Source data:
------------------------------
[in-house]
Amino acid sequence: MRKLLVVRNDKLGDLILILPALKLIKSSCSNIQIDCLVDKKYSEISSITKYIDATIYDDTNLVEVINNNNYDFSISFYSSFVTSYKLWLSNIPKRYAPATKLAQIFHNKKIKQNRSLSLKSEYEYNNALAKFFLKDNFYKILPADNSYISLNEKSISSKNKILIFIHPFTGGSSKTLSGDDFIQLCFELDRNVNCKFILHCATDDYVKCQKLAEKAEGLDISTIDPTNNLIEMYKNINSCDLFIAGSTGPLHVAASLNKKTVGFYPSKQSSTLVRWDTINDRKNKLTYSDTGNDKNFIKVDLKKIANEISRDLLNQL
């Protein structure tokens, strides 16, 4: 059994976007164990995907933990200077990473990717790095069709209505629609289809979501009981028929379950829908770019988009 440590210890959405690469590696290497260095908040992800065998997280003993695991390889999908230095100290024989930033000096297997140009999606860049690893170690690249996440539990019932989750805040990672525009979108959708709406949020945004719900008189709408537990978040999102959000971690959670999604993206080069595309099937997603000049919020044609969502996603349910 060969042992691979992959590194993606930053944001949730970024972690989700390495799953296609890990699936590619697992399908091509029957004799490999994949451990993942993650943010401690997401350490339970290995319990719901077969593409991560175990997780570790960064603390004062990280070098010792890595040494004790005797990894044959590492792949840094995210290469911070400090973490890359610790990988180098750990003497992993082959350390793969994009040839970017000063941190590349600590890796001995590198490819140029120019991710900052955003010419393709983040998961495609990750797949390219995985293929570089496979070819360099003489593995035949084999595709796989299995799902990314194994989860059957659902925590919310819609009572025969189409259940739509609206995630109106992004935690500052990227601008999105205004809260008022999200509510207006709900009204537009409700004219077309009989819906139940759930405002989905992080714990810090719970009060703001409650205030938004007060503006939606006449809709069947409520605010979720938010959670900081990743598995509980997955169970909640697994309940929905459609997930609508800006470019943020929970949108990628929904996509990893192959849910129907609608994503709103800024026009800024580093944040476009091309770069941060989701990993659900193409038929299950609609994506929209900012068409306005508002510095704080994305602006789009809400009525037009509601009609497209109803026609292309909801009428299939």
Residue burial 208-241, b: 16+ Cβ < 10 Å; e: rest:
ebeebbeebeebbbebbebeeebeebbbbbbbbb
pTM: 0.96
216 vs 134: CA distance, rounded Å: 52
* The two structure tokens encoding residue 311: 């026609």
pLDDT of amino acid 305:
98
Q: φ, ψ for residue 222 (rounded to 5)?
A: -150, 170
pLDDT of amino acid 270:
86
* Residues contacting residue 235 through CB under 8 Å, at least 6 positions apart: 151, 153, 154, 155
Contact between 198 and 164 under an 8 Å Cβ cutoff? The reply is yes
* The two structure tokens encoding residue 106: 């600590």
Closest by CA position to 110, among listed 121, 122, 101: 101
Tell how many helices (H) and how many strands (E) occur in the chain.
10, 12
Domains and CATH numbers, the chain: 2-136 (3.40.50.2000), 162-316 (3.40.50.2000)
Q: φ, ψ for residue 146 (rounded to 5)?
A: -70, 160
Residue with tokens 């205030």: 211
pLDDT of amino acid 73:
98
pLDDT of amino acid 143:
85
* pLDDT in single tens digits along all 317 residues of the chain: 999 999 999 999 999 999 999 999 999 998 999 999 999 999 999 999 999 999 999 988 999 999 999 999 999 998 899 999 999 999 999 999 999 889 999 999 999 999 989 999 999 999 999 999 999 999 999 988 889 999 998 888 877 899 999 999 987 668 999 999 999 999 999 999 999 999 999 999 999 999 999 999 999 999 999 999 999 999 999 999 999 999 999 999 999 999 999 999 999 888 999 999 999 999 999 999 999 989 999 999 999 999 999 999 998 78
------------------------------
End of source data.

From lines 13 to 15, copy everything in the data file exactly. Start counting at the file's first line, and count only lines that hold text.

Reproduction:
pLDDT of amino acid 270:
86
* Residues contacting residue 235 through CB under 8 Å, at least 6 positions apart: 151, 153, 154, 155